top of page
  • Dennis DeRobertis

Proofing "The Boy Who Saved the Moon"

A process of creating a printed proof before getting a printed proof

A stack of papers measuring 2.25" high.
Expertly measured by The Longest Dragon in the World. Naturally.

Be Your Own Printer, Inc.

I've mentioned this before in other posts, but one thing I always do before ordering a physical proof is to approximate - as best I can - what I actually think will show up at my doorstep. I never want to wait for the printer's proof to see how things look and feel. Things I can check beforehand are colors (for the most part), layout, text positioning, readability, etc. Plus, those intangibles like pacing and overall feel. Reading your story digitally is a whole lot different than reading it cover-to-cover right from the palm of your hands.

Note: Obviously, you're doing the majority of your work while looking at your monitor (and I recommend getting a certified color accurate one), but nothing replaces working with a physical copy.

Of course, you could make all your changes after getting your printer's proofs, but that could be a long and costly process, especially if you've set a publishing and advertising calendar. For me, mitigating any surprises and working through most of the issues before ordering a printed proof is the way to go. I do this is by creating a proof-of-a-proof. Usually, multiple proofs-of-a-proof.

To start the process, I clean my printer's printer nozzles and then print the interior pages using 28lb premium inkjet paper. Don't use standard 22lb copy paper. You'll get too much bleed through. The cover gets printed on good cardstock. Once printed, the cover is scored, and the cover and interior pages are then trimmed to size. Sometimes when printing, though, I forget to flip the page. This often gives me some very interesting results!

Cannibalizing Your Own Books

Once everything is printed, I cannibalize one of my existing books. Stone Hollow Press has published books in 3 different trim sizes, the most common one being the trim used for the Little Brown Spider series. This is also the trim size I used for "The Boy Who Saved the Moon." I debated at one point using a different trim, but, in the end, the LBS one worked best.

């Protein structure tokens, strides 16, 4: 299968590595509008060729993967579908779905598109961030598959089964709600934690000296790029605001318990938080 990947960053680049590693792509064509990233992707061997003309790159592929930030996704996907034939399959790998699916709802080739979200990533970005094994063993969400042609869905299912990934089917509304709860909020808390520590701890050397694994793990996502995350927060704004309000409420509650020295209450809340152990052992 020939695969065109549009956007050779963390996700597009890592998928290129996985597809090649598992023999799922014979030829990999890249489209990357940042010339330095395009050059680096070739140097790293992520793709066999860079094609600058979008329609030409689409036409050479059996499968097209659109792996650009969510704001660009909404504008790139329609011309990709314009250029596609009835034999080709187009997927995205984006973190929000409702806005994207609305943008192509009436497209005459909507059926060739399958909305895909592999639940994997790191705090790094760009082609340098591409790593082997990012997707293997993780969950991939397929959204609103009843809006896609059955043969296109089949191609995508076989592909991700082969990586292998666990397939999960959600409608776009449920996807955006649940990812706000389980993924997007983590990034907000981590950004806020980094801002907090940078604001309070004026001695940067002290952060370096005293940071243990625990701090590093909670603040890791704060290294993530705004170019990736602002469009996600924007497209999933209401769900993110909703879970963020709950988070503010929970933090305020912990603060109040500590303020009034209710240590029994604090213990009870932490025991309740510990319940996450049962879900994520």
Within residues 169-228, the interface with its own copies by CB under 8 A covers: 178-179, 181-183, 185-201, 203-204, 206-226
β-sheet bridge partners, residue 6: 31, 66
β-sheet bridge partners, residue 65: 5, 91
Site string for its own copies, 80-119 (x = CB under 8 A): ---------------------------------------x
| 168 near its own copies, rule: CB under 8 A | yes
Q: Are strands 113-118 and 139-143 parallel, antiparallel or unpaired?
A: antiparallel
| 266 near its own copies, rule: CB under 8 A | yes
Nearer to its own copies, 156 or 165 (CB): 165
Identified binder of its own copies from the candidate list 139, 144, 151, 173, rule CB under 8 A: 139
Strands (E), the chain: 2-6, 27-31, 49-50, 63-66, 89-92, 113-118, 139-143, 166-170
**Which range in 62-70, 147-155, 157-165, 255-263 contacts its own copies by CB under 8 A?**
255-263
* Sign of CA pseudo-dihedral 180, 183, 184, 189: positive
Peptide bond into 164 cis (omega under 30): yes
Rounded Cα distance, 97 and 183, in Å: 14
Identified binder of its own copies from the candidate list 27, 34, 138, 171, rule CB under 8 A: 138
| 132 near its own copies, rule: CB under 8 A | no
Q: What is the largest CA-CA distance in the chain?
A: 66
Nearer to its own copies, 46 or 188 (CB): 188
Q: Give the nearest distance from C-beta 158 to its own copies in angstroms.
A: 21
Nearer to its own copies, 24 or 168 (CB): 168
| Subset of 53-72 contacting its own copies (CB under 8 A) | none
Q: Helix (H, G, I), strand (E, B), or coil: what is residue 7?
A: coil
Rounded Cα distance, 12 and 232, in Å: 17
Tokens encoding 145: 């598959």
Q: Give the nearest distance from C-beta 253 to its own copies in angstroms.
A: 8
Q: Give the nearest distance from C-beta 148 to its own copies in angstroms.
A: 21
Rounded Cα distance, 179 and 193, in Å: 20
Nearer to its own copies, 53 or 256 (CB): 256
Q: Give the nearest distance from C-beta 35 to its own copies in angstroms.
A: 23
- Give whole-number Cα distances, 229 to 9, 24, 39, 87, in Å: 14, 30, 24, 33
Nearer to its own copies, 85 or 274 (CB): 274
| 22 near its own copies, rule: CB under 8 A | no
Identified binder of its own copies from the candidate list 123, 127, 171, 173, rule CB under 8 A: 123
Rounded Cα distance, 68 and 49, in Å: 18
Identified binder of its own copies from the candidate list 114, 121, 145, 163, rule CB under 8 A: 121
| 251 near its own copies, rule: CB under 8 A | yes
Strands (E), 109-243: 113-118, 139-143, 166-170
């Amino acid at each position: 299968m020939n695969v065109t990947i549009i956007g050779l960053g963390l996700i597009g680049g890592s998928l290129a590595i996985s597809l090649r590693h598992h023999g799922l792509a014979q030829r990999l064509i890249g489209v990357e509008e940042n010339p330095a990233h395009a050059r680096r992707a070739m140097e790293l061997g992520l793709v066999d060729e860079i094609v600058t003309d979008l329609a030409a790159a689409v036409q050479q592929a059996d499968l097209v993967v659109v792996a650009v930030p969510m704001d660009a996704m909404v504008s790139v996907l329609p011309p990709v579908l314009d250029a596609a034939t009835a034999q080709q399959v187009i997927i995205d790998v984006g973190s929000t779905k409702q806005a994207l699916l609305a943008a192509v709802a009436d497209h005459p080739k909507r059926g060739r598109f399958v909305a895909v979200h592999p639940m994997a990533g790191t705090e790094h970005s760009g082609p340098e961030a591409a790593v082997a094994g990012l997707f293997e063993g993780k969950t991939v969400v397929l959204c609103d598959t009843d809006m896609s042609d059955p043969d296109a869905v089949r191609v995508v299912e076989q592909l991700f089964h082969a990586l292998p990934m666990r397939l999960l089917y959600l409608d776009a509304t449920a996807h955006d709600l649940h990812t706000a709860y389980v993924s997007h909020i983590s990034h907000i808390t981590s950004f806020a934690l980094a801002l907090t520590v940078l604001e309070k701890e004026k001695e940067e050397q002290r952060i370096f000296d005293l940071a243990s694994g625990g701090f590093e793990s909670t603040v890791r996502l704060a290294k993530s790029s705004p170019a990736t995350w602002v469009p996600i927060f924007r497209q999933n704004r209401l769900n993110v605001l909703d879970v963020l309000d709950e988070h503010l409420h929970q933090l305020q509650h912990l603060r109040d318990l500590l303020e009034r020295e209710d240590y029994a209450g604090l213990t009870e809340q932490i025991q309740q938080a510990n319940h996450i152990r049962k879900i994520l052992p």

The nice thing about using a previous published book from the same printer with the same properties (i.e. hardcover, gloss cover, color pages, etc.) and size, is that you know exactly what you're dealing with. So, out comes my trusty utility knife. I cut out the interior pages, which only requires two slices. One at the beginning of the book and one at the back. The entire interior section pops out after that.

No reason to remove the cover. The new one will just be plastered over it. Yes, the existing cover adds some extra thickness, but if that really makes a difference to where your title or artwork falls, then you have other issues to address.


Once the book has been sliced and diced, I arrange the trimmed pages in order and staple the pages as close to the edge as possible. You want to mimic the tight binding of the gluing process your printer will use. Stapling too far away from the edge will cause page misalignment at the gutter. If you have a scene in your picture book that spans pages, you'll probably notice the misaligned artwork if this happens.

After that, it's a few cuts away from positioning and taping the front and back covers. (For those who are wondering, the red line mark you see on the book on the left is where the hardcover crease will be. I use it to judge how close the artwork is away from the spine.)

Take note that you'll never get an exact match with the colors unless you're using the same printers, ink, and paper as your printer. But you'll get close enough.

An early and final cover to The Boy Who Saved the Moon children's book.
The book on the left is my printed proof. The one on the right is from the printer.

A Labor of Love

Doing your own printed proof takes time. There's the setting up of trim and bleed lines in your files, making sure your printer is ready and printing at its highest quality with similar paper as your book will have, and then all the time it takes to actually print, score, cut, tape and everything else in-between. But it's an excellent approximation of what you can expect from your printer.

That image you see at the beginning of this post? The one right there at the top? That's all the paper and cannibalized books that went into the various proofs-of-a-proof for the final version of, "The Boy Who Saved the Moon." And I wouldn't change a thing. It puts you in the driver's seat and lets you control the tiniest of details without having to order and wait for proofs from your printer.

So, do check out, "The Boy Who Saved the Moon" on November 16, 2023. We think you'll enjoy this unique and heartfelt story!

- DennisD.


19 views0 comments


bottom of page